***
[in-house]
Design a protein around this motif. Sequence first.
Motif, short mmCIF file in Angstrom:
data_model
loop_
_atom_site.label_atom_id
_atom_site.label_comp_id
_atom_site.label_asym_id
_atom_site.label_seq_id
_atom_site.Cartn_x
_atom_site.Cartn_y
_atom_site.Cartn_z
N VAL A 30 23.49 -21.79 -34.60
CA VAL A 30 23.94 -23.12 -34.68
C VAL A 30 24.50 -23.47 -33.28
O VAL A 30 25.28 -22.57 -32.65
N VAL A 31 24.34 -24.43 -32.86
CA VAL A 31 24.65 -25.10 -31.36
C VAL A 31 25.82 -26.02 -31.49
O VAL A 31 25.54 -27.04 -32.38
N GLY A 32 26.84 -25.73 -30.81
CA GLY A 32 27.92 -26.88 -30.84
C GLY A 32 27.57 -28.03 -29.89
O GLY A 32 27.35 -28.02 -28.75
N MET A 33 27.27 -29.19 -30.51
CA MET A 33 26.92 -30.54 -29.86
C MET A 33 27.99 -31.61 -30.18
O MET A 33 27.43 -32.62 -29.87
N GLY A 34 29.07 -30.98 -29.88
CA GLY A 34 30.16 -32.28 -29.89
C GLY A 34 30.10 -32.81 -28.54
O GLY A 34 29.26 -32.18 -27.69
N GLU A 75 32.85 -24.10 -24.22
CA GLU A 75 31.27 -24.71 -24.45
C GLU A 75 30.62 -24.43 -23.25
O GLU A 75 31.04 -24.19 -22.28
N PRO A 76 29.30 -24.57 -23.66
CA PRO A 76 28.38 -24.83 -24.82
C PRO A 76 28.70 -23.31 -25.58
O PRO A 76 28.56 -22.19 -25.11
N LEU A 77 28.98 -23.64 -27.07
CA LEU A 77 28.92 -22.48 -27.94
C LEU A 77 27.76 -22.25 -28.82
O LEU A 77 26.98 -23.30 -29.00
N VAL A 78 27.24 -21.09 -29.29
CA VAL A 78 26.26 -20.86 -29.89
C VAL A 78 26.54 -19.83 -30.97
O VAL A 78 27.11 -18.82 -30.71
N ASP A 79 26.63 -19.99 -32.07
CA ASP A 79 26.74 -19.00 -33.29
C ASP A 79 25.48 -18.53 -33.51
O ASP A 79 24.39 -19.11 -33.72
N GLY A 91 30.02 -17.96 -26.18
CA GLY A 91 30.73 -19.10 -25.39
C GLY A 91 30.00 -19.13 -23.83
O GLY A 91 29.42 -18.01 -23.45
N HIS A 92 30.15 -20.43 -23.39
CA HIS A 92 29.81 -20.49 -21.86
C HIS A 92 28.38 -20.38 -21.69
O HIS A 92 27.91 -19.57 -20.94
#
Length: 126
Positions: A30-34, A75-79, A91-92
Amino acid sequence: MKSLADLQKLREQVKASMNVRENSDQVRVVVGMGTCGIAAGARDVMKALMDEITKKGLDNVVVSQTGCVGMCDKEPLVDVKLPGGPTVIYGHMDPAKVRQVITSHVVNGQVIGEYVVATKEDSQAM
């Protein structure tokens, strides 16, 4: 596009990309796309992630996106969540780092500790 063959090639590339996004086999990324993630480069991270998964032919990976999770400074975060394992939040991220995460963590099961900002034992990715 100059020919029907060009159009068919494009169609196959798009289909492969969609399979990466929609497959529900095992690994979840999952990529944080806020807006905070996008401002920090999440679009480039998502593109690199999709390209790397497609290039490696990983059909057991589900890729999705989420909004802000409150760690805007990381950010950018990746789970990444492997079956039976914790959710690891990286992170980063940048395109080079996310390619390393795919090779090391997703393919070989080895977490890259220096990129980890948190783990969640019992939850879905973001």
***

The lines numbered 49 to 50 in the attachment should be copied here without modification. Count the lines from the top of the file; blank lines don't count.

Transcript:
N ASP A 79 26.63 -19.99 -32.07
CA ASP A 79 26.74 -19.00 -33.29